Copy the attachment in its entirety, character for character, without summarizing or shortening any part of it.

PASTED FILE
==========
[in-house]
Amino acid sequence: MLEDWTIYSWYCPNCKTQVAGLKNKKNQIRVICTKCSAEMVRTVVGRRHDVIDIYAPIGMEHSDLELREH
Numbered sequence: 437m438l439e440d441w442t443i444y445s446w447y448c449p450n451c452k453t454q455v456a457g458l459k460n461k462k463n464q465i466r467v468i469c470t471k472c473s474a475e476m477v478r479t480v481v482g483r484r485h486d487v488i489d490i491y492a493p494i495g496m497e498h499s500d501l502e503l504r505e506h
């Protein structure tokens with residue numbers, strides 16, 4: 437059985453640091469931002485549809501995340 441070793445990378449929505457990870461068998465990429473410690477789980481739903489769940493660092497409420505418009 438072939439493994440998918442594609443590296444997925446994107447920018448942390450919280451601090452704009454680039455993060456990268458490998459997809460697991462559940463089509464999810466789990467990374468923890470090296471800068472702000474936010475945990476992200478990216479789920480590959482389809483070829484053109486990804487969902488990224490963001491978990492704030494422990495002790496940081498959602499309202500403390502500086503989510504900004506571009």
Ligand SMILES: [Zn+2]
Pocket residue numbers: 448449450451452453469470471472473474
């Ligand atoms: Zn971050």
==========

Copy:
[in-house]
Amino acid sequence: MLEDWTIYSWYCPNCKTQVAGLKNKKNQIRVICTKCSAEMVRTVVGRRHDVIDIYAPIGMEHSDLELREH
Numbered sequence: 437m438l439e440d441w442t443i444y445s446w447y448c449p450n451c452k453t454q455v456a457g458l459k460n461k462k463n464q465i466r467v468i469c470t471k472c473s474a475e476m477v478r479t480v481v482g483r484r485h486d487v488i489d490i491y492a493p494i495g496m497e498h499s500d501l502e503l504r505e506h
């Protein structure tokens with residue numbers, strides 16, 4: 437059985453640091469931002485549809501995340 441070793445990378449929505457990870461068998465990429473410690477789980481739903489769940493660092497409420505418009 438072939439493994440998918442594609443590296444997925446994107447920018448942390450919280451601090452704009454680039455993060456990268458490998459997809460697991462559940463089509464999810466789990467990374468923890470090296471800068472702000474936010475945990476992200478990216479789920480590959482389809483070829484053109486990804487969902488990224490963001491978990492704030494422990495002790496940081498959602499309202500403390502500086503989510504900004506571009």
Ligand SMILES: [Zn+2]
Pocket residue numbers: 448449450451452453469470471472473474
């Ligand atoms: Zn971050």